MB:How did you become a bird expert? If you don’t consider yourself one, what makes one a bird expert?
Ramit: Haha. I think I would insult a lot of ornithologists and experienced birdwatchers out there if I called myself a bird expert!
I honestly do not have any idea about what makes one a bird expert. The best thing about this field is that there is still so much to know about and learn from, from even the most common of species. Even the people I consider my idols acknowledge the same and I think it is this drive for knowledge that keeps everyone going for more and striving to become an “expert” on birds. One thing though, you cannot become a bird expert if you don’t learn to open your eyes, your ears, and your mind to always expecting the unexpected from these winged friends of ours.
I feel humbled in front of their capabilities and power. If nothing else, with each birding trip, I am always reminded of how little I know about these creatures.
MB: What is your opinion of the current state of birdwatching in India and Manipal today? How has it changed over the years?
Ramit: Birdwatching in India, even in my short life as a birdwatcher – has visibly grown a lot. We are more adventurous than we used to be, and more people than ever before are venturing and exploring new areas of the country looking for birds. The sudden surge in digital photography has generated vast interest in the masses, and has given many a reason to not ignore the birds anymore.
In Manipal, alas – the situation, though a bit better than before, has remained dire. Deetee scores as a more popular destination than End Point. I have had a torrid time trying to find documentation and historical references to this region with regards to its birdlife. Things are changing though, albeit slowly, and there are more people now than ever before who want to come birdwatching with me. People across India now know that Manipal is more than just a university town, but can also be transformed into a birding destination if we proceed with care.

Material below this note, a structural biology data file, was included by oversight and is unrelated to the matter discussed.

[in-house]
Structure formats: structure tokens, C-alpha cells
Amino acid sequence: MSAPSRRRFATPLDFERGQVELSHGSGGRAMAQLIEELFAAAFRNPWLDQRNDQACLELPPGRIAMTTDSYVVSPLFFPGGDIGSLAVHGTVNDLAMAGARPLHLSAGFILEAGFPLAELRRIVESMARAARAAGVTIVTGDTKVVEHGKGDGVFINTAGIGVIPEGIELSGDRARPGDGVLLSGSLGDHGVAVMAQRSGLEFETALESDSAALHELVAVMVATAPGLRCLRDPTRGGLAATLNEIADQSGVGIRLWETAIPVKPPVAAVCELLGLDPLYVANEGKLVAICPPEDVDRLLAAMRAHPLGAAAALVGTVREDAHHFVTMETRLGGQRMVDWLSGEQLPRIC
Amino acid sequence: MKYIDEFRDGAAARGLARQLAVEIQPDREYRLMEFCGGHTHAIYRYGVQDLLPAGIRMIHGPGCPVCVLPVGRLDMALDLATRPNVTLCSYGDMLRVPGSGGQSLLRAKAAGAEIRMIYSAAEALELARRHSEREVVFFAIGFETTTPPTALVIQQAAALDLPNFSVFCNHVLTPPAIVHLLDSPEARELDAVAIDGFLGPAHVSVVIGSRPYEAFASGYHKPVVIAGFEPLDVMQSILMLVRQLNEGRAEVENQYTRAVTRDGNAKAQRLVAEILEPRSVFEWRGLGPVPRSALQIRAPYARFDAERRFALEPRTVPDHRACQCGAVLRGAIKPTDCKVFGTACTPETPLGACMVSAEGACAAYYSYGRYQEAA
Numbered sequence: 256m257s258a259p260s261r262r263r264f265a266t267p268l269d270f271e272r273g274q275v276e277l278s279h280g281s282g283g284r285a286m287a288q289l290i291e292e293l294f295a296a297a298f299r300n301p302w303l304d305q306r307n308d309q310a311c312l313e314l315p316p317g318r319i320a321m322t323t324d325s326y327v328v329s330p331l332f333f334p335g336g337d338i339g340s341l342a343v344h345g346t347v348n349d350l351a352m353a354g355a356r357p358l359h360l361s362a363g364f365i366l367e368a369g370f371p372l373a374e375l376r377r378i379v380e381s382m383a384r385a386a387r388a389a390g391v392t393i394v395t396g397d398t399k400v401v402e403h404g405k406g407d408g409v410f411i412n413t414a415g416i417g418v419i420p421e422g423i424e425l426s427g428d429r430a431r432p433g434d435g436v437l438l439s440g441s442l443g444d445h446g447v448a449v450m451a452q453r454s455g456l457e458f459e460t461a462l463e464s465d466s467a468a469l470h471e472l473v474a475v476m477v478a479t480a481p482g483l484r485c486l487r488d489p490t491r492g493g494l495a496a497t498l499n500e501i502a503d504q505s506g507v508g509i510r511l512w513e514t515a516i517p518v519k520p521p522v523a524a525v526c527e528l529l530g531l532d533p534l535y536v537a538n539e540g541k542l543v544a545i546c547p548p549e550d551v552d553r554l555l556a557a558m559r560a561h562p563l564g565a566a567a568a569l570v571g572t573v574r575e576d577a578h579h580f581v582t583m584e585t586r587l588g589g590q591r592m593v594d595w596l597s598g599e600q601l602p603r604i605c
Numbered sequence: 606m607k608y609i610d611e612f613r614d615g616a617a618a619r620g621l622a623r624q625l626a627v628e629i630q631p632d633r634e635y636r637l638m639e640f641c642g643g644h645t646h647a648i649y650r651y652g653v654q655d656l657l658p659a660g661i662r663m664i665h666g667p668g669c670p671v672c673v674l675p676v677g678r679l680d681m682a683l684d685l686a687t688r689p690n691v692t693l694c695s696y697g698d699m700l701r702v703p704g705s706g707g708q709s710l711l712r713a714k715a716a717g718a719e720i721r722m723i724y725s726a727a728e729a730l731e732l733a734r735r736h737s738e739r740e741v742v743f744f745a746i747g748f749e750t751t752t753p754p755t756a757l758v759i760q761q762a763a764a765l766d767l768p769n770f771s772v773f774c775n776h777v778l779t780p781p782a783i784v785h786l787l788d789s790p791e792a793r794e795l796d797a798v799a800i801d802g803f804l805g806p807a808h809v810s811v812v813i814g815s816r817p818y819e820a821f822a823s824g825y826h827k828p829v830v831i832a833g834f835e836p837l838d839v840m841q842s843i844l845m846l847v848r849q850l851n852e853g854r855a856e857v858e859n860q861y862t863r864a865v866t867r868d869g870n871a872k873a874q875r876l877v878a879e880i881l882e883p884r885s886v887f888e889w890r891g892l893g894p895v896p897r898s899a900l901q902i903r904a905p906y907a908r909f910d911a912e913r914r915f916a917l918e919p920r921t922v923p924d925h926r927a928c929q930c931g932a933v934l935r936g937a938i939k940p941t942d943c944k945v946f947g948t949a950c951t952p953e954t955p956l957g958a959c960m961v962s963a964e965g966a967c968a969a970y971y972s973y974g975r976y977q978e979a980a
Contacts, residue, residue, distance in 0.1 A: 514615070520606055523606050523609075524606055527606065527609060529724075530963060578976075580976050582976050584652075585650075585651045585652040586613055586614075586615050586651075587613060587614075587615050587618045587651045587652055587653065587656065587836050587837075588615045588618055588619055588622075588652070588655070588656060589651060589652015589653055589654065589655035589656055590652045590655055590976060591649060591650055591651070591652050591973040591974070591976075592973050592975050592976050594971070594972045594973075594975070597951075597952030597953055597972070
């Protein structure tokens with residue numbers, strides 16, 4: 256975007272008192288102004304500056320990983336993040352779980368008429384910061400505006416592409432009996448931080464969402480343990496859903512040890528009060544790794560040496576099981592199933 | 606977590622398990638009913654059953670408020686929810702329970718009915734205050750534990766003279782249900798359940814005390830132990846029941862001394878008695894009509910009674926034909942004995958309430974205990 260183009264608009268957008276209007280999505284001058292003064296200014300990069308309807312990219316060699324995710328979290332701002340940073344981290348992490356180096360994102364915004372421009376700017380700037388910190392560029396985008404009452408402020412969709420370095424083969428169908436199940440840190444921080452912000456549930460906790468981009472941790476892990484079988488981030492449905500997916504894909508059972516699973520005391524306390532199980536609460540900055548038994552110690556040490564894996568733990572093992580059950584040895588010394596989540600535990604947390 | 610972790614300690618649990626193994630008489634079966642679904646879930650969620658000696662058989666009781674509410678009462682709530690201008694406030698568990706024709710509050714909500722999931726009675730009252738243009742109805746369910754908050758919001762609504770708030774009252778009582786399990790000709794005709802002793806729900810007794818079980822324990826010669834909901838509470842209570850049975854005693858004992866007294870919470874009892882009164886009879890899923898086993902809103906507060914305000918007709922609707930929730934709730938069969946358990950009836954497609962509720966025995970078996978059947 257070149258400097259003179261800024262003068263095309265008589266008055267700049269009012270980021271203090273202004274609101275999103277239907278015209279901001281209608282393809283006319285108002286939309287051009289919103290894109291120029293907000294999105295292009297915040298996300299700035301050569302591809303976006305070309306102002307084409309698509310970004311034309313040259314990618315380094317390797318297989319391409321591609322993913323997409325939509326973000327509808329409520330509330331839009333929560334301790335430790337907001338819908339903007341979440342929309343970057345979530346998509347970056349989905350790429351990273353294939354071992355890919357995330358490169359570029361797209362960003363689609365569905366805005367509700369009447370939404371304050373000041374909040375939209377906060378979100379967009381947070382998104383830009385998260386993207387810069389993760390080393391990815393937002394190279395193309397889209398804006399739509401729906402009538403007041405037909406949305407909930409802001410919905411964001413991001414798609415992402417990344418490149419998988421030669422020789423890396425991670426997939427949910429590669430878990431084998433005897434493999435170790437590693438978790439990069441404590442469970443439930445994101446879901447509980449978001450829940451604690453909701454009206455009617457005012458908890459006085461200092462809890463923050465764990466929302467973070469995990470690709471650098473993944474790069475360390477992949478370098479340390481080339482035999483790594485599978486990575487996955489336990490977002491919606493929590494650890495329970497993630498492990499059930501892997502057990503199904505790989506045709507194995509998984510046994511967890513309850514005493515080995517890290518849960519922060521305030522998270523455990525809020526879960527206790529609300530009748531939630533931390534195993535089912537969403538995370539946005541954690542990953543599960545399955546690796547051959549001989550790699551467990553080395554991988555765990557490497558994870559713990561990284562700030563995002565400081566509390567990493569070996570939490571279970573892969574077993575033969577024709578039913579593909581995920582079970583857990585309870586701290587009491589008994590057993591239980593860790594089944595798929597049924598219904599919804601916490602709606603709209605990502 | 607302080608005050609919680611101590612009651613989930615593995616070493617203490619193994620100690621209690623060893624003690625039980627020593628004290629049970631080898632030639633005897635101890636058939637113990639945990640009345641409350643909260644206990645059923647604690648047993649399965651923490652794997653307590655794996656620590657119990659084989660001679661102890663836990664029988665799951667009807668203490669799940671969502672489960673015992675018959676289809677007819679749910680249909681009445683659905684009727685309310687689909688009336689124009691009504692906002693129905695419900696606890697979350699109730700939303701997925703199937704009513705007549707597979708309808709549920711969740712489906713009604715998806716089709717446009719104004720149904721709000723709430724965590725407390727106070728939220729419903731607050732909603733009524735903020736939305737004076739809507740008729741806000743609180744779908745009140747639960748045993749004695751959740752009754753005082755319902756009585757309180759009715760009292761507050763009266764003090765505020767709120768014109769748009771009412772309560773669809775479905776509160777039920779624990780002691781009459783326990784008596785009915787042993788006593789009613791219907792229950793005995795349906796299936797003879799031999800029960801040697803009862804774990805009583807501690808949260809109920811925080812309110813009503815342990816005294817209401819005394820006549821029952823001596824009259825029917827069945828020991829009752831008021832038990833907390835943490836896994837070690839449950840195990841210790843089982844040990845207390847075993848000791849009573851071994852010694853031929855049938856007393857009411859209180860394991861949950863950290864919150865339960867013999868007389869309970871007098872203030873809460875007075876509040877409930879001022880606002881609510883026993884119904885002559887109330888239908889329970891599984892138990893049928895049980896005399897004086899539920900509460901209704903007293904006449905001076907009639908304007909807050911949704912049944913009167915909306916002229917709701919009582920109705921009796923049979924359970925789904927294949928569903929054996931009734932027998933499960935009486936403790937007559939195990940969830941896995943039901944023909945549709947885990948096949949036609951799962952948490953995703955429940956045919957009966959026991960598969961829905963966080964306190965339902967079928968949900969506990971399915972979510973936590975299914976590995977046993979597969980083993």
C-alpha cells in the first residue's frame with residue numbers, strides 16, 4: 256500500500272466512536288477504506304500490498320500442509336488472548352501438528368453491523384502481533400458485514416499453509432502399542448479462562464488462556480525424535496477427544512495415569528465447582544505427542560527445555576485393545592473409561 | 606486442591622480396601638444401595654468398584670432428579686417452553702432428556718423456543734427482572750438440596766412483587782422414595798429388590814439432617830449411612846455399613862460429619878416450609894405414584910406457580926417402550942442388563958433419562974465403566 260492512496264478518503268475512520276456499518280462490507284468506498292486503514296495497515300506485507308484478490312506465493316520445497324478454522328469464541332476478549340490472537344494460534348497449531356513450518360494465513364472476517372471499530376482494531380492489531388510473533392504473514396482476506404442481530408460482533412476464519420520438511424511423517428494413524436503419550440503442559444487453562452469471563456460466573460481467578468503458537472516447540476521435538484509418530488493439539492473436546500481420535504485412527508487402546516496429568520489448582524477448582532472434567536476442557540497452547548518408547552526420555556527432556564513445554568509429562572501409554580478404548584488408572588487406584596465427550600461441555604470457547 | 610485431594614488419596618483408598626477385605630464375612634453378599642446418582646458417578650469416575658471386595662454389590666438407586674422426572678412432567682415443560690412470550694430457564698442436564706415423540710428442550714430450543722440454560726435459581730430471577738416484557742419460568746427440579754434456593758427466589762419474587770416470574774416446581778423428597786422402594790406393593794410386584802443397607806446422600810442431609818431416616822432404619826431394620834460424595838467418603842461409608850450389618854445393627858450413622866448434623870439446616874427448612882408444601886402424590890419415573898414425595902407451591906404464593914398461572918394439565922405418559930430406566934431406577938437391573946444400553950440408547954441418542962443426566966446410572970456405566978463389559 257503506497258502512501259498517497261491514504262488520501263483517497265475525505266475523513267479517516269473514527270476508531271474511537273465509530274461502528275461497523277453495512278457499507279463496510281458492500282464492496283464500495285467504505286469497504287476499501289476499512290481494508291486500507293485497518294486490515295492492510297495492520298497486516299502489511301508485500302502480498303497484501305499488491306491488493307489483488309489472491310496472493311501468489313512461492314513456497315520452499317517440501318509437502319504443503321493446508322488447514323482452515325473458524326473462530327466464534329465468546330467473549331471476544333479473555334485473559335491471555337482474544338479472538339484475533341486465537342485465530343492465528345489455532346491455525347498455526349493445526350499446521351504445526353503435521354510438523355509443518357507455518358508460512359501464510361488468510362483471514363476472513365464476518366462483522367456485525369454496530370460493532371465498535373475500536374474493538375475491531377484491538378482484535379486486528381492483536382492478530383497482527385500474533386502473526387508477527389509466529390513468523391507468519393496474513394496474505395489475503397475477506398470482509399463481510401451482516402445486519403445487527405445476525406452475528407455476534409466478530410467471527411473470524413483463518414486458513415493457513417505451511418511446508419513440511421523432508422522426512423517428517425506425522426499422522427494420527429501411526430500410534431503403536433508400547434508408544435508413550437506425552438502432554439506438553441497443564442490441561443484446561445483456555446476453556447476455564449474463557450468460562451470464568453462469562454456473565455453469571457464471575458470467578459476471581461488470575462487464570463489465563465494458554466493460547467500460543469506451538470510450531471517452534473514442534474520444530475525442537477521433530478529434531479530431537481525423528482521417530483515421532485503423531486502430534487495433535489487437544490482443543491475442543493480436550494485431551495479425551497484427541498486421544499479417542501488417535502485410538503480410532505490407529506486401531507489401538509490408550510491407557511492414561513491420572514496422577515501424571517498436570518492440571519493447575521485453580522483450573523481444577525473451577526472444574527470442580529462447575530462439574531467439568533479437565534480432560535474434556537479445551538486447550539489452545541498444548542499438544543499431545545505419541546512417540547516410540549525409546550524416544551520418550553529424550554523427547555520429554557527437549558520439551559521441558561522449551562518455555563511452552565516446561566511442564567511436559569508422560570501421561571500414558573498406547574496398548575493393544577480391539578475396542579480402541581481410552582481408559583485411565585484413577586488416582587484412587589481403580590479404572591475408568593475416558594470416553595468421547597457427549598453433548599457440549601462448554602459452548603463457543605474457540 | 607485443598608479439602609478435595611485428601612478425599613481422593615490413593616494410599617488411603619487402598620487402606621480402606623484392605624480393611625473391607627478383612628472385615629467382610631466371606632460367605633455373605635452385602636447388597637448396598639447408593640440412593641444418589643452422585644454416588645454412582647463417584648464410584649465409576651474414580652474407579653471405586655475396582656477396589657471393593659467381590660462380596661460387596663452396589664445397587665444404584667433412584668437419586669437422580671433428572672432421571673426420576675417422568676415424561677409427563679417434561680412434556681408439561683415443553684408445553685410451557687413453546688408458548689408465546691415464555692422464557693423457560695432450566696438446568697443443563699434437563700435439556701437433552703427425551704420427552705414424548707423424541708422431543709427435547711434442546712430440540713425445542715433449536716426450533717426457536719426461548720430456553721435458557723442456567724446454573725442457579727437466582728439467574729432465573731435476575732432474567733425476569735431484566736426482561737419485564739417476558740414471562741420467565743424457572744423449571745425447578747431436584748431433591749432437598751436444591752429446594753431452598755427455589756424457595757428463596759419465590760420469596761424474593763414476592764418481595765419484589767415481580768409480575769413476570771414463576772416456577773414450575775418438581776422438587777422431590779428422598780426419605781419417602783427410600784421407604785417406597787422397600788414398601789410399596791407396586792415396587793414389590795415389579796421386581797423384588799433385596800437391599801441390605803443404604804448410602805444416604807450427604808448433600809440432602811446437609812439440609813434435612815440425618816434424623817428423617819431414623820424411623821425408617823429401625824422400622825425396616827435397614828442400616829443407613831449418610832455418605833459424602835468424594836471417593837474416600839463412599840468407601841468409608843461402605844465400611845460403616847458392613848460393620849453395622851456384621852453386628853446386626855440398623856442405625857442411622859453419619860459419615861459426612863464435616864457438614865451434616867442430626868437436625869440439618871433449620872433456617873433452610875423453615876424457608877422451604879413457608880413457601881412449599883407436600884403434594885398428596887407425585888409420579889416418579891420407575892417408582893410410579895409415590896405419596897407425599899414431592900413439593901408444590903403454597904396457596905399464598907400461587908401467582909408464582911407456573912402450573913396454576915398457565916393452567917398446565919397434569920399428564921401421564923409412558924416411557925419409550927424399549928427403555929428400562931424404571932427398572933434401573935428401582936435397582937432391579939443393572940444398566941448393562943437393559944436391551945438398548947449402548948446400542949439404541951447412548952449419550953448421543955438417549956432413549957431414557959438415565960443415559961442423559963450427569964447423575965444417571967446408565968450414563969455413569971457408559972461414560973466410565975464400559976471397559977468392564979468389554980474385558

MB:When is the best time to birdwatch?
Ramit: Anytime of the day – depending on what you want to see 🙂 But as a rule of thumb, early mornings are the best.
MB: A little bit about your website on birds of manipal.
Ramit: Well, I initially started it as a journal where I could maintain my own records and sightings of the region. But I eventually made it public for a couple of reasons:
- It helps in letting people know and be updated about the birdlife in Manipal.
- It promotes the place! A constant platform that can give you checklists of Manipal‘s birds, the latest reports, and my contact details! Everything that a bird lover in Manipal needs to know 🙂
MB:Where’s the best place in our area to birdwatch?
Ramit: Again, you can bird anywhere you want – a building will have sparrows, bulbuls, and pigeons. The adjoining tree will have some more species, and the sky will always have encircling kites and eagles. In Manipal – a simple 6-7 minute walk from Syndicate Circle to Tiger Circle can fetch you up to 20 species!
For those serious about pursuing this hobby, however, few places in the entire region compete with a morning at End Point in terms of the ease and quality of bird watching it offers.
MB: What is our local bird population like?
Ramit: Our local bird population is extremely varied. From Western Ghats endemics and birds on the IUCN/birdlife red list (such as Malabar Pied Hornbills, Broad-tailed Grassbird) to scrubland birds like larks and pipits to wetland birds like Whistling Ducks and River Terns to coastal birds like Sand Plovers! I have now seen over 190 species of birds in Manipal and that is an astounding number for a place which is barely 3km*3km in area.
MB:Have you noticed any changes in the past few years?
Ramit: Oh so many. Alas! Most have been negative for the birdlife in the region. Manipal is growing at an exceptional rate and the forests surrounding it are dwindling really fast. Be it hostels, new apartments, shopping complexes – all of them have been coming up in an area that is so strategically placed from an ecological point of view. Ask someone from three years ago to identify End Point as it is now – a place with no concrete surrounding it to one that has precious little left that has not been touched by man.